Leap.it thinks that a visual, social approach to search can unseat Google from its throne
When you do a Google search, before you scroll down there’s a good chance your screen is mostly just filled up with ads. If this were to launch today, would you use it? Like, seriously use it? Sure, it’s accessible. But there’s a thick layer of commercial imperatives, quality judgments and assumptions that lie between you and the information that you get to see.
Kansas City’s Leap.it isn’t the first company to take a run at Google. But Leap.it -- which has been open for searches since the end of February -- is the first to come my way that I’ve had any fun using. There’s no blue links, for a start, which feels nice on the eye. Why every search engine feels the need to display its links in an identically similar manner, is beyond me.
Leap.it results come up displayed on cards. For each search, it integrates social links, searching into Twitter streams, with real-time news and historical information. It’s like Google, plus Google News, rolled in with a Twitter search. If you log in and create an account you can curate and share your own search ‘perspectives’ with others.
For instance, I Leap’d myself (hard part of starting a new search company, turning your company name into a verb): my most recent articles came up, mixed in with my most popular, and some older things I’d done from way back, all cut in with Twitter references to my work and articles that had linked to me. It was both informative and ego gratifying.
“I like to think of search today as going to the library. You go to the card catalogue, which takes you directly to the book,” Leap.it CEO and Founder Mike Farmer says. “But what about a search experience, where you go to the card catalogue and we serve those results, but along the way you get let in on all of these conversations.”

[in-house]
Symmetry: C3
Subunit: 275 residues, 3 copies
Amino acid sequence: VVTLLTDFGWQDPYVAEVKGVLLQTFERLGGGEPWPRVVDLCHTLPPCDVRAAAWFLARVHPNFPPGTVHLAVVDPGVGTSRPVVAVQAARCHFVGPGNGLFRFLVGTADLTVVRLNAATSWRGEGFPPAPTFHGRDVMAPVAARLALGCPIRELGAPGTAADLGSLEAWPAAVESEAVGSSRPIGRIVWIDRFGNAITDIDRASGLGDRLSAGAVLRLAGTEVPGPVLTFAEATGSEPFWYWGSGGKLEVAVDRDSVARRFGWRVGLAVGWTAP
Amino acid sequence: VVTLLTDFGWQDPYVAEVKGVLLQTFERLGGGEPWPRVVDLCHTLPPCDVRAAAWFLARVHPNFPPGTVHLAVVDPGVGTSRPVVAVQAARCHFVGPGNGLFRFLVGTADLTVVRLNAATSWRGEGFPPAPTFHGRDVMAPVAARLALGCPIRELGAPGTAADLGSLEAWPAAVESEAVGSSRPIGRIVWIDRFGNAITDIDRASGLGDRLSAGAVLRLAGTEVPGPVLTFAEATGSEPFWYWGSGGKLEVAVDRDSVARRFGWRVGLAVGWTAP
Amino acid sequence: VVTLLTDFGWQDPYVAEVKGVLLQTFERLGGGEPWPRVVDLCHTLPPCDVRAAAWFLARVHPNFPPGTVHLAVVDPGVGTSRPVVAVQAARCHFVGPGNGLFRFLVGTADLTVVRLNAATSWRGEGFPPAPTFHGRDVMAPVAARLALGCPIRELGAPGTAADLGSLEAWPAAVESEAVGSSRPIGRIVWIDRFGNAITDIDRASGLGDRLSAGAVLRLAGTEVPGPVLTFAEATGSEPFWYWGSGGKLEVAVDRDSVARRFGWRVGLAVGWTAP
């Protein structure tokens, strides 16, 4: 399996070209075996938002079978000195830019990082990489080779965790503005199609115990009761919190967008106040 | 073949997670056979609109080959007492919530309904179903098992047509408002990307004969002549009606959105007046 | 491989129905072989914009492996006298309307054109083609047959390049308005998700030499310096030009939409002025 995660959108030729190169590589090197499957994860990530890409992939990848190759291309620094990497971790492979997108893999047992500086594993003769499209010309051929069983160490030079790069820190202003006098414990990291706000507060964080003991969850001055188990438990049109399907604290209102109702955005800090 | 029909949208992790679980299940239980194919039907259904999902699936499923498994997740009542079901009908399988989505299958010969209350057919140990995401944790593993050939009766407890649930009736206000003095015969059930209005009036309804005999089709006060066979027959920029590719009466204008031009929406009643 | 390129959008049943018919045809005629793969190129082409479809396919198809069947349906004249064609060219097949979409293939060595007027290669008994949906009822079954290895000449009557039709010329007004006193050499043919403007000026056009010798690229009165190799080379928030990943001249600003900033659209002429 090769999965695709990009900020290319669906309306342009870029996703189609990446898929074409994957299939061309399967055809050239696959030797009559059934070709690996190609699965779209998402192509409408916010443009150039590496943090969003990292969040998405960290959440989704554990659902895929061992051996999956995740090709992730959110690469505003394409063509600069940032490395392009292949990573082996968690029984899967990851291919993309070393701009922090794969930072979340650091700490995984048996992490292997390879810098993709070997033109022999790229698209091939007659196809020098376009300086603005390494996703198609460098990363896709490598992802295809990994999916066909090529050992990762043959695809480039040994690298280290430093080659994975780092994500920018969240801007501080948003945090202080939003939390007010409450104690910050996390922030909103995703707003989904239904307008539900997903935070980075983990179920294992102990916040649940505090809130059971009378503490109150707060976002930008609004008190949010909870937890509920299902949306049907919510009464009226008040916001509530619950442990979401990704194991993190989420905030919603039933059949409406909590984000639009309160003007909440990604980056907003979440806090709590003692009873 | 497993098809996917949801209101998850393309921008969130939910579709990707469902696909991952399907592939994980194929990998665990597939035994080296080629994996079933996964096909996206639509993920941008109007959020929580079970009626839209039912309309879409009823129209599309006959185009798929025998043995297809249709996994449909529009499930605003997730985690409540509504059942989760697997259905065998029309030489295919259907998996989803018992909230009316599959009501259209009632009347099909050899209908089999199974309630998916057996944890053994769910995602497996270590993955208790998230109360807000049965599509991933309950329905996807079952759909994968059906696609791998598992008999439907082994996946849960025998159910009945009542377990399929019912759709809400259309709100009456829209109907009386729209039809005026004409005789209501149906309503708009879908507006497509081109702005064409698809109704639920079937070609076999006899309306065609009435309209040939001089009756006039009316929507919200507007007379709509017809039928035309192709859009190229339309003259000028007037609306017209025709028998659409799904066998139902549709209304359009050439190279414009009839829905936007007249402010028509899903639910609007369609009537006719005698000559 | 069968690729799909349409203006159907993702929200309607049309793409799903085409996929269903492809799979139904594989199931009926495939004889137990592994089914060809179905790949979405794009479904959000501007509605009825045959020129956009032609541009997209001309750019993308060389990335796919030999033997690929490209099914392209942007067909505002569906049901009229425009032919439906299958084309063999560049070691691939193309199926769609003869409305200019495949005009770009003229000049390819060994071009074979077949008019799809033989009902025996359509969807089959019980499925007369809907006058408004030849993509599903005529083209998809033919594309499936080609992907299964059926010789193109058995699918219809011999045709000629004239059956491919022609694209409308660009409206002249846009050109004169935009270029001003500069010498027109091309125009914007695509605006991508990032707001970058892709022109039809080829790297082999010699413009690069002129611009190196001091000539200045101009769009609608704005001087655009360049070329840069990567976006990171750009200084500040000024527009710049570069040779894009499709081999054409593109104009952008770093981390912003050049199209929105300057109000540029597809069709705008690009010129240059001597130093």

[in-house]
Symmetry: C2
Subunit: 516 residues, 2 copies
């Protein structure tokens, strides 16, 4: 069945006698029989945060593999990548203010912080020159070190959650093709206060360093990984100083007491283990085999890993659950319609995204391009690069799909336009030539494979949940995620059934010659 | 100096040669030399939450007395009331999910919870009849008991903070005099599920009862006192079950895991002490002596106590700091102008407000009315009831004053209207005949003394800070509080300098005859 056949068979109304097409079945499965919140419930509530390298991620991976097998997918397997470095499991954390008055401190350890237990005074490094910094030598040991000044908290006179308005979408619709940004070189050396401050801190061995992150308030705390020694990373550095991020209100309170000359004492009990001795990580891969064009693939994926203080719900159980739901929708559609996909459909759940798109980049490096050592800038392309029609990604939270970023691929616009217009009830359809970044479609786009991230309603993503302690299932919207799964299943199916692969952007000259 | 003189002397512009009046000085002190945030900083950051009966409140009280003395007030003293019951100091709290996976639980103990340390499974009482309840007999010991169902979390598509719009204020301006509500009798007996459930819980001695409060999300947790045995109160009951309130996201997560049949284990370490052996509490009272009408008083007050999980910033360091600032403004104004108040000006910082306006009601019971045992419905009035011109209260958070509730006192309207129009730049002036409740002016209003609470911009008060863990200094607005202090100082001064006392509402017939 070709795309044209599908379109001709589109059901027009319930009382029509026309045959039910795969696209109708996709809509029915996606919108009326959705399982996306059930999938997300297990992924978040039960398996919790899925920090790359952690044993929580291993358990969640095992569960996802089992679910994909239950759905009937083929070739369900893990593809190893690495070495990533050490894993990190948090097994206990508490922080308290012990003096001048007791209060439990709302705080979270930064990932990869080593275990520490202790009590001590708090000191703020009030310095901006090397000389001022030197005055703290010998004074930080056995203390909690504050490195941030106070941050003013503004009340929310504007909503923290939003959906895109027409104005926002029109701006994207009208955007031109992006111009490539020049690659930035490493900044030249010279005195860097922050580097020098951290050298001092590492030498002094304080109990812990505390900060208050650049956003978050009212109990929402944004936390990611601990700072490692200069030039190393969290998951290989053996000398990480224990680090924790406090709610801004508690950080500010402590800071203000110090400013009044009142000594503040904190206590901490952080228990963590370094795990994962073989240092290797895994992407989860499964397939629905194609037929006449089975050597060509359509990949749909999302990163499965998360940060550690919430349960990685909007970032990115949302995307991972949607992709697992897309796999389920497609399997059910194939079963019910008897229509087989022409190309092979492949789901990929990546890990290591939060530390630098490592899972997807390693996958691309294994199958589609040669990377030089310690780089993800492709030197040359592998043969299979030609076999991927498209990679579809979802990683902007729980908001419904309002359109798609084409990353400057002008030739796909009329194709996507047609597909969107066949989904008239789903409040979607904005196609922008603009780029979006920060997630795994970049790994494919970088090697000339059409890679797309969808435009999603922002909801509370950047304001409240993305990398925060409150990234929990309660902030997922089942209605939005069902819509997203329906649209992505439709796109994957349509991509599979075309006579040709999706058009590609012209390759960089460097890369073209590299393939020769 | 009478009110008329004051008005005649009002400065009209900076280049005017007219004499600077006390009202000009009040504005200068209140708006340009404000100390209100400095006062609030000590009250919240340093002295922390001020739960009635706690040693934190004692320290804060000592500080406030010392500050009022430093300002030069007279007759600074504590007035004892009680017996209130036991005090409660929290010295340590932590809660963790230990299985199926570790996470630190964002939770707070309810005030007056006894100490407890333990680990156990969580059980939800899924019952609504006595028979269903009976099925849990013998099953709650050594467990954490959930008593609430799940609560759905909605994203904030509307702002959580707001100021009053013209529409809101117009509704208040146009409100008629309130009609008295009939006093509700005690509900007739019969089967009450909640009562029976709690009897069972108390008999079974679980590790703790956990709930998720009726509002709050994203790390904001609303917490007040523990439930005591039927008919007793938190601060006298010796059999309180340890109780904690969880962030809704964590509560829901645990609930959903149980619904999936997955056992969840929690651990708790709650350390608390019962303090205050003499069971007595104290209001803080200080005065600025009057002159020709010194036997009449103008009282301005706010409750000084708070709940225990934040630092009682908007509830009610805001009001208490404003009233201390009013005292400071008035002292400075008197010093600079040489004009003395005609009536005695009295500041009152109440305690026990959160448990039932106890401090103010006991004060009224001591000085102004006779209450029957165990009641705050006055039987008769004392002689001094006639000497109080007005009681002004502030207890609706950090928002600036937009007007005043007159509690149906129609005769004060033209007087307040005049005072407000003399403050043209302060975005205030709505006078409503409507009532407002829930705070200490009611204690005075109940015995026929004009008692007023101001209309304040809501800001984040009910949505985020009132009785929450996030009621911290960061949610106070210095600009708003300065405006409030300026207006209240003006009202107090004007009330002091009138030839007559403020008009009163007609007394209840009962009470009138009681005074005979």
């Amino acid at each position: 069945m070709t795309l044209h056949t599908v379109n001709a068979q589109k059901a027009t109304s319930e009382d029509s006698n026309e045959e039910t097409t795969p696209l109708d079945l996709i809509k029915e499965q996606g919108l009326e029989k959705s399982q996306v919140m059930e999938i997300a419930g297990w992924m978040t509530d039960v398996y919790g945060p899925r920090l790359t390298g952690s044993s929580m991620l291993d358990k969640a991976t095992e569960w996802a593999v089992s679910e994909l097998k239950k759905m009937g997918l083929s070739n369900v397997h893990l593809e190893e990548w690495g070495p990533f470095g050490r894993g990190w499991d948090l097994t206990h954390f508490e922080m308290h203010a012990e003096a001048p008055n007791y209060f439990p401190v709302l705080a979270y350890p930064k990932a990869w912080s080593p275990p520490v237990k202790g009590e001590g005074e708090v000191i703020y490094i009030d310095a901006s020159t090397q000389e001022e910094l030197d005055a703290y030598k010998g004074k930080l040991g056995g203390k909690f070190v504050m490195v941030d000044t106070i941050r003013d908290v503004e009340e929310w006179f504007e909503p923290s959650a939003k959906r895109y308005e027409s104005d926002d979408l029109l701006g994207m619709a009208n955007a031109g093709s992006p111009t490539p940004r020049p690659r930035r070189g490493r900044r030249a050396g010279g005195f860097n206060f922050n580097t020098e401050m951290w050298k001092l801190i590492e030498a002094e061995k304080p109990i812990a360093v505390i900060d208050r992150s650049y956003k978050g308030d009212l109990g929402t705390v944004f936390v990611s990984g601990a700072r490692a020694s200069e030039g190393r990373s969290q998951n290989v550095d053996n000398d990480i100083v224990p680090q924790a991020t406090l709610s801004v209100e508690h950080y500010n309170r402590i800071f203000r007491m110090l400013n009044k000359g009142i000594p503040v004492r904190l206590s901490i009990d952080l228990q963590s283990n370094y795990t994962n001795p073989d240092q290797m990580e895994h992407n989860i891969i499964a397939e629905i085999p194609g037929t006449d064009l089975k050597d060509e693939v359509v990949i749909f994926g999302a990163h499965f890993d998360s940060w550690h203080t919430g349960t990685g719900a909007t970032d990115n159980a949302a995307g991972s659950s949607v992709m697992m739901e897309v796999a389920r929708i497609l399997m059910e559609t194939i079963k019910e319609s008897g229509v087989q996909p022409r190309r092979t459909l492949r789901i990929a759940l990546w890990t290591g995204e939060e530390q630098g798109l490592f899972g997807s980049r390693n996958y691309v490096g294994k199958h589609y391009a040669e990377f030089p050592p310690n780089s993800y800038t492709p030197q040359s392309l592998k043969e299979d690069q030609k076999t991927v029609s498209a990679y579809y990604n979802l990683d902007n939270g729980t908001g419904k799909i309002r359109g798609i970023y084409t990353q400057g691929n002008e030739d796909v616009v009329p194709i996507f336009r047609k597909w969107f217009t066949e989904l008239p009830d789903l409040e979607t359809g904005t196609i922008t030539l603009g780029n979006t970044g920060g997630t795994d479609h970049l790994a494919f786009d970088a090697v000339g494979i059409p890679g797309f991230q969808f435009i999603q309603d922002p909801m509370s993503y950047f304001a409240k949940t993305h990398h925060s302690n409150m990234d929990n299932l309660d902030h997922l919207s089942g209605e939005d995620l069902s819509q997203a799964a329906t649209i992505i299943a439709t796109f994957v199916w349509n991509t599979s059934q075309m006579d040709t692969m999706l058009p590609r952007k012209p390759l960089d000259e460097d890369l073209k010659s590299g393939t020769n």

Farmer says that he has been working on Leap.it for three years. The company had a small win this week, when Foundry Group Managing Director Brad Feld led an AngelList syndicated investment into the company. Leap.it isn’t Farmer’s first search company either. He began a voice search company, but had the misfortune of launching 18 months before Google rolled out the same feature.
People are ready for something in search that isn’t Google, Farmer thinks. At SXSW this year, he says that going around town handing out his company’s “We Are The Algorithm” T-shirts, it felt like he was starting an uprising. “If you think about Google, you’ve been using it for 12 years. And it certainly has gotten to know you,” he says.
“We didn’t go at like this, but some people just fundamentally like the fresh start of Leap.”
I contend that maybe Google has gone too far past where people are comfortable, that most people a dozen years ago didn’t see the journey ending up here. Farmer seems to be wary of trashing Google too directly. “I think you’re touching on something that’s been brought to our attention. There's a big surprise at the level to which people want change. I don’t want to call out privacy, but it feels that there’s this human desire to do a balance-check when companies get too big,” he says.
There’s a long way to go though, until Leap.it gets to be held up as even a third-tier rival to Google. Its search product itself is fun, but needs improvement. Searching for stories on the 2014 NBA Draft from last night, I hit pre-draft articles, tweets and speculation, before I get to the coverage of the actual event. It is counter-intuitive. As Farmer describes to me, the product is 85 percent of the way there.
When Leap.it is mastered -- and it has already made a good start -- it faces the most vexing issue of all. Google is omniscient. It is the front door to the Internet. Leap.it could be amazing, but how do people get to use it? I’ve used it for the past 36 hours, and even having liked it, such is the influence of Google in my life, for good and bad, I’m not sure I’ll be using Leap.it in another 36 hours.
Farmer says that Google can have the “front door.” There are other ways in. He thinks that distributed, curated search with friends making lists of information that they can share and add to creates a new, more vibrant layer to all of this information, and that by turning search itself into a social network, Leap.it can bind itself with our lives.
If Leap.it takes off and ultimately takes over, long, long shot that this might be, Farmer says he hopes that another Leap.it comes along to knock them off their perch eventually. His company is going to have start selling ads, he says, and that focus on profitability always ends up coming at the expense of product in search, unless a company is “willing to creatively destruct.”
First we have to see if anyone can take Google down a peg. More serious competitors like Bing have tried to ape it too closely, while small companies like Leap.it look like blips in comparison. Google might not be disruptible, in the classic sense. But for what it’s worth, I hope the Leap.its of the world don’t stop trying.